OTTAWA — A physician's organization wants a review of an agreement that it says is preventing refugees coming from the U.S. to seek asylum in Canada.
The College of Family Physicians of Canada says it is worried about the health of migrants who have suffered from exposure to extreme winter cold after crossing into Manitoba and other provinces.
Dr. David White, president of the college, says the Safe Third Country Agreement needs to be reviewed due to uncertainty about the U.S. order to place travel restrictions on people from seven Muslim-majority countries.
U.S. President Donald Trump's executive order was suspended by a judge pending a legal challenge in the U.S. courts.
White says the 35,000-member college opposes the restrictions because of the risks it creates for vulnerable people.
He says the college also strongly opposes all expressions of xenophobia and Islamophobia.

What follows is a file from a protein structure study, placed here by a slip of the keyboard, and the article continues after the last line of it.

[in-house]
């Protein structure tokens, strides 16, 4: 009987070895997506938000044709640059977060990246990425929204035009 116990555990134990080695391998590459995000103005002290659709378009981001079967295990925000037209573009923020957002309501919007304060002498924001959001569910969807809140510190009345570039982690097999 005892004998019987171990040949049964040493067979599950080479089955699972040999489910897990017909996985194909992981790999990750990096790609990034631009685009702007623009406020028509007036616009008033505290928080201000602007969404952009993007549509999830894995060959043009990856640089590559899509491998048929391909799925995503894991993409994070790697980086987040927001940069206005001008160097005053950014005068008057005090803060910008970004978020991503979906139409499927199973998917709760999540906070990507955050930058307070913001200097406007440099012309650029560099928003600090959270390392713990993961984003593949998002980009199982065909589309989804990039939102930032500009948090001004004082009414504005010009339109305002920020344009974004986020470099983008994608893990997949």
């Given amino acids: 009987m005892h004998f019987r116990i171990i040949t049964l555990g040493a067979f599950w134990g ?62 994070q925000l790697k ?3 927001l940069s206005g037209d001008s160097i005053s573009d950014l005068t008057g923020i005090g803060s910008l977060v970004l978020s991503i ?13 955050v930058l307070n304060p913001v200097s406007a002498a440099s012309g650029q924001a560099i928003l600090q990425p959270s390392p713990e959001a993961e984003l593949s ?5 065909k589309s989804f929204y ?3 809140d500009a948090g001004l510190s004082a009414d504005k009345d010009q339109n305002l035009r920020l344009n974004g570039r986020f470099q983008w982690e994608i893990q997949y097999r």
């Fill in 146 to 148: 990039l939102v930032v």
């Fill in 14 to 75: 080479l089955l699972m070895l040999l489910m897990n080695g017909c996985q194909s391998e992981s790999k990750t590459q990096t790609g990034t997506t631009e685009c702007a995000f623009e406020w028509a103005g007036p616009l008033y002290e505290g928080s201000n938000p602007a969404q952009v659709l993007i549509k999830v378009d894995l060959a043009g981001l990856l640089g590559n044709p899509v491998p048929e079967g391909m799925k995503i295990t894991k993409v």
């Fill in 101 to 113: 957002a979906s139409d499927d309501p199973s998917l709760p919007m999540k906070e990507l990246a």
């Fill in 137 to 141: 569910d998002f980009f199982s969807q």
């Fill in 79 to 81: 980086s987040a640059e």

"These changes warrant a review of the Safe Third Country Agreement which prevents refugees from entering Canada from the U.S. to seek asylum," the college said in a release.
"Our organization, its members and their patients come from all religions, cultures and ethnicities and we stand together in support of equity and dignity for all."
Under the Canada-U.S. agreement, refugee claimants are required to request refugee protection in the first safe country they arrive in, unless they qualify for an exception. If they manage to get on Canadian soil and are then arrested, they can stay while their refugee applications are processed.
Some immigration groups have called on the federal government to repeal the refugee agreement so that people fleeing the U.S. can go to official border crossings instead of sneaking through fields and risking frostbite or death.
The federal government said earlier this month it saw no need to make the change.
Immigration Minister Ahmed Hussen said Canada is compassionate when it comes to refugees.
"We have a system in place that is one of the most compassionate refugee systems in the world," Hussen said in the House on Thursday.
"The U.S. executive order has had no impact on domestic asylum policy. Each and every eligible asylum claimant has access to a fair hearing and each case is assessed on its merits."
The Canadian Press